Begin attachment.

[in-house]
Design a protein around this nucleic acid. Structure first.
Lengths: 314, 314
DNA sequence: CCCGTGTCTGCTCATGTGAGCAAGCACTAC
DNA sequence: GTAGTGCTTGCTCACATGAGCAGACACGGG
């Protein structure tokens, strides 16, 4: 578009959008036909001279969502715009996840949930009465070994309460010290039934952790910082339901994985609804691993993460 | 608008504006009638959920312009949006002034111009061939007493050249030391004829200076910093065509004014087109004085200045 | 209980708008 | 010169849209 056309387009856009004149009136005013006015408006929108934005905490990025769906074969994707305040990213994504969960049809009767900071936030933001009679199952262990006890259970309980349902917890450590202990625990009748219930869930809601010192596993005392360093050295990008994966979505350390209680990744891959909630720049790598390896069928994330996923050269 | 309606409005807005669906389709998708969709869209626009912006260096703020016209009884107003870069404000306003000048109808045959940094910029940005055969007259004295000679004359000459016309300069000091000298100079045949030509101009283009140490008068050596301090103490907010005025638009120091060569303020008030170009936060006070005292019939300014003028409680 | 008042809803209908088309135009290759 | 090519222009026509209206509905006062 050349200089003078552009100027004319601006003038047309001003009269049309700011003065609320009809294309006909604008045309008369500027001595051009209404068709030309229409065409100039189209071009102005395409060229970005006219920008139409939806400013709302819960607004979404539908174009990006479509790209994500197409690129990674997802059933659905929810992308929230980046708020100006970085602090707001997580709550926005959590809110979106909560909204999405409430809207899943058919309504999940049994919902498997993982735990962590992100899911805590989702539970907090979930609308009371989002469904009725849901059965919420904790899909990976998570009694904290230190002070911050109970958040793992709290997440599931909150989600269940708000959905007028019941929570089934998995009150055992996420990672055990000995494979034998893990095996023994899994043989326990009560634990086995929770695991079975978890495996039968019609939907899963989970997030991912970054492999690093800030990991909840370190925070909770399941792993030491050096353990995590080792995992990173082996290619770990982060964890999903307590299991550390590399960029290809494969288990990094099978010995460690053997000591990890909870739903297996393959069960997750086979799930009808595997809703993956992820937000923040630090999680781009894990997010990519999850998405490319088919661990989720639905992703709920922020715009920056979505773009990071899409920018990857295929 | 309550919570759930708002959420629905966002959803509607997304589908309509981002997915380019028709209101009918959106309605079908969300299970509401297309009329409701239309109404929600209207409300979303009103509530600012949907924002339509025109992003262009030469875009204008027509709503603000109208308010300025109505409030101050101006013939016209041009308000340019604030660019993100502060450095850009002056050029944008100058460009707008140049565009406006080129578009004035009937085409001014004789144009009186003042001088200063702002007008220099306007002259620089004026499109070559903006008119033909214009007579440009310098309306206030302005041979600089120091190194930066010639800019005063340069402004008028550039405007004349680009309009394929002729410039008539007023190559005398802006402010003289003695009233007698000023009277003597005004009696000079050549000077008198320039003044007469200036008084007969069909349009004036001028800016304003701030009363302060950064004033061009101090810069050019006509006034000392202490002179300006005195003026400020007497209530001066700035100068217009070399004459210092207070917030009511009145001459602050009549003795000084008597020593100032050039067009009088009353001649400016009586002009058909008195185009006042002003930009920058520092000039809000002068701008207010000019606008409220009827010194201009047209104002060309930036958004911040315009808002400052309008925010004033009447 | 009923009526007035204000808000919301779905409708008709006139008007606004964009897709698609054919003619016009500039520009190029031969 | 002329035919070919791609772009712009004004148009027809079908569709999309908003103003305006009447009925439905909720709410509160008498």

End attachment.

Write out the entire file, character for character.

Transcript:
[in-house]
Design a protein around this nucleic acid. Structure first.
Lengths: 314, 314
DNA sequence: CCCGTGTCTGCTCATGTGAGCAAGCACTAC
DNA sequence: GTAGTGCTTGCTCACATGAGCAGACACGGG
């Protein structure tokens, strides 16, 4: 578009959008036909001279969502715009996840949930009465070994309460010290039934952790910082339901994985609804691993993460 | 608008504006009638959920312009949006002034111009061939007493050249030391004829200076910093065509004014087109004085200045 | 209980708008 | 010169849209 056309387009856009004149009136005013006015408006929108934005905490990025769906074969994707305040990213994504969960049809009767900071936030933001009679199952262990006890259970309980349902917890450590202990625990009748219930869930809601010192596993005392360093050295990008994966979505350390209680990744891959909630720049790598390896069928994330996923050269 | 309606409005807005669906389709998708969709869209626009912006260096703020016209009884107003870069404000306003000048109808045959940094910029940005055969007259004295000679004359000459016309300069000091000298100079045949030509101009283009140490008068050596301090103490907010005025638009120091060569303020008030170009936060006070005292019939300014003028409680 | 008042809803209908088309135009290759 | 090519222009026509209206509905006062 050349200089003078552009100027004319601006003038047309001003009269049309700011003065609320009809294309006909604008045309008369500027001595051009209404068709030309229409065409100039189209071009102005395409060229970005006219920008139409939806400013709302819960607004979404539908174009990006479509790209994500197409690129990674997802059933659905929810992308929230980046708020100006970085602090707001997580709550926005959590809110979106909560909204999405409430809207899943058919309504999940049994919902498997993982735990962590992100899911805590989702539970907090979930609308009371989002469904009725849901059965919420904790899909990976998570009694904290230190002070911050109970958040793992709290997440599931909150989600269940708000959905007028019941929570089934998995009150055992996420990672055990000995494979034998893990095996023994899994043989326990009560634990086995929770695991079975978890495996039968019609939907899963989970997030991912970054492999690093800030990991909840370190925070909770399941792993030491050096353990995590080792995992990173082996290619770990982060964890999903307590299991550390590399960029290809494969288990990094099978010995460690053997000591990890909870739903297996393959069960997750086979799930009808595997809703993956992820937000923040630090999680781009894990997010990519999850998405490319088919661990989720639905992703709920922020715009920056979505773009990071899409920018990857295929 | 309550919570759930708002959420629905966002959803509607997304589908309509981002997915380019028709209101009918959106309605079908969300299970509401297309009329409701239309109404929600209207409300979303009103509530600012949907924002339509025109992003262009030469875009204008027509709503603000109208308010300025109505409030101050101006013939016209041009308000340019604030660019993100502060450095850009002056050029944008100058460009707008140049565009406006080129578009004035009937085409001014004789144009009186003042001088200063702002007008220099306007002259620089004026499109070559903006008119033909214009007579440009310098309306206030302005041979600089120091190194930066010639800019005063340069402004008028550039405007004349680009309009394929002729410039008539007023190559005398802006402010003289003695009233007698000023009277003597005004009696000079050549000077008198320039003044007469200036008084007969069909349009004036001028800016304003701030009363302060950064004033061009101090810069050019006509006034000392202490002179300006005195003026400020007497209530001066700035100068217009070399004459210092207070917030009511009145001459602050009549003795000084008597020593100032050039067009009088009353001649400016009586002009058909008195185009006042002003930009920058520092000039809000002068701008207010000019606008409220009827010194201009047209104002060309930036958004911040315009808002400052309008925010004033009447 | 009923009526007035204000808000919301779905409708008709006139008007606004964009897709698609054919003619016009500039520009190029031969 | 002329035919070919791609772009712009004004148009027809079908569709999309908003103003305006009447009925439905909720709410509160008498």